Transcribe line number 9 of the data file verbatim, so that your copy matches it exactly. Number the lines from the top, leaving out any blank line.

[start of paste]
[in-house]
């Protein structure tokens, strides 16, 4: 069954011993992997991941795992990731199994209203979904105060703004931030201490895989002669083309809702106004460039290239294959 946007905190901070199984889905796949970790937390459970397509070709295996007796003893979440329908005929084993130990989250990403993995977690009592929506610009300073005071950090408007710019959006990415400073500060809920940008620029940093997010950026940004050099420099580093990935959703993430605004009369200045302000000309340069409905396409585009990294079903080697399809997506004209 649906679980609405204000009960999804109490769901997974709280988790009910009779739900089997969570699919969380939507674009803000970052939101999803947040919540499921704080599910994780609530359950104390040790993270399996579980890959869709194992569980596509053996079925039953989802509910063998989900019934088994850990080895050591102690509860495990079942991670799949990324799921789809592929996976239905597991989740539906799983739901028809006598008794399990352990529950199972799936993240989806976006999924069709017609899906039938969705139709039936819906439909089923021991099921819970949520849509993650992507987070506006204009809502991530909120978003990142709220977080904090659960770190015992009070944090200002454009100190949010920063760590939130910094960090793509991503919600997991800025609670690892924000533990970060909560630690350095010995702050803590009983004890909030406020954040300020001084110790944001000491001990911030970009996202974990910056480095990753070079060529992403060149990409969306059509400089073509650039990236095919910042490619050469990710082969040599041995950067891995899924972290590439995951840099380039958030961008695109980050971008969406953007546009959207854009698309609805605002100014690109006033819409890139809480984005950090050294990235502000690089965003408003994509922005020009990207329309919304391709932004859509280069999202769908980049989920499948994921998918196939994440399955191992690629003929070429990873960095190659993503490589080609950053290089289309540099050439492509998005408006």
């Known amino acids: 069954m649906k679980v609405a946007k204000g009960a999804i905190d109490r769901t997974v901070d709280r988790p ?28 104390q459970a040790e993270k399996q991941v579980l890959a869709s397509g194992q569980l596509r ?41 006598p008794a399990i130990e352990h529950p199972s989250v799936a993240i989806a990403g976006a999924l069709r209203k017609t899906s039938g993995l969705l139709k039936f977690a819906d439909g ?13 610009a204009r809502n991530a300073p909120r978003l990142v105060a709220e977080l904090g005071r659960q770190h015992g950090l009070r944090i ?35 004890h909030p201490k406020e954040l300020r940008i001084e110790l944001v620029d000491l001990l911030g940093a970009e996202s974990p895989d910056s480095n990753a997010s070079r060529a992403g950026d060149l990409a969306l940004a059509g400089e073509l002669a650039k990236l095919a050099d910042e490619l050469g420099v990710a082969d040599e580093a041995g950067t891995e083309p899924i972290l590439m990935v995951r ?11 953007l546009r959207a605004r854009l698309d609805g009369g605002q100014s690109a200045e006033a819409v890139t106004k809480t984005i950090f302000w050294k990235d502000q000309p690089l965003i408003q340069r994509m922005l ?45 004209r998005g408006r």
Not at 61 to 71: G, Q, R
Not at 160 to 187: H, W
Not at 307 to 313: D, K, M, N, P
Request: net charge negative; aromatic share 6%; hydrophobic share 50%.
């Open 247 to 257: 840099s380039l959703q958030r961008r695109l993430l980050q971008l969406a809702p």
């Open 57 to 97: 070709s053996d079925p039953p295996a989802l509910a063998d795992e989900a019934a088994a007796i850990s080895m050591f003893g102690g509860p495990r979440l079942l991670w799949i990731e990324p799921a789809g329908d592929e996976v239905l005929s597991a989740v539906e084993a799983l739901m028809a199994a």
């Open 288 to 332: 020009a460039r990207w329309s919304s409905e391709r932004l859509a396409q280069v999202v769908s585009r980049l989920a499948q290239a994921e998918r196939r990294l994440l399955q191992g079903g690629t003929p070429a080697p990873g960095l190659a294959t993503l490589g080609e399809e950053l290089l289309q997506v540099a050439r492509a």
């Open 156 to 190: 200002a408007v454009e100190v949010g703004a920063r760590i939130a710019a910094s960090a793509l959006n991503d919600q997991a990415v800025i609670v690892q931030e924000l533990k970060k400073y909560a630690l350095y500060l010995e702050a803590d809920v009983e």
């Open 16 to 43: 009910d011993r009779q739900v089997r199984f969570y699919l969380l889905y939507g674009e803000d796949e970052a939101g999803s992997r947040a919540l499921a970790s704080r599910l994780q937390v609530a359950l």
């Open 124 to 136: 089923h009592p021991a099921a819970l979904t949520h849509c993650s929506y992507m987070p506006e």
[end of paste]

């Open 57 to 97: 070709s053996d079925p039953p295996a989802l509910a063998d795992e989900a019934a088994a007796i850990s080895m050591f003893g102690g509860p495990r979440l079942l991670w799949i990731e990324p799921a789809g329908d592929e996976v239905l005929s597991a989740v539906e084993a799983l739901m028809a199994a």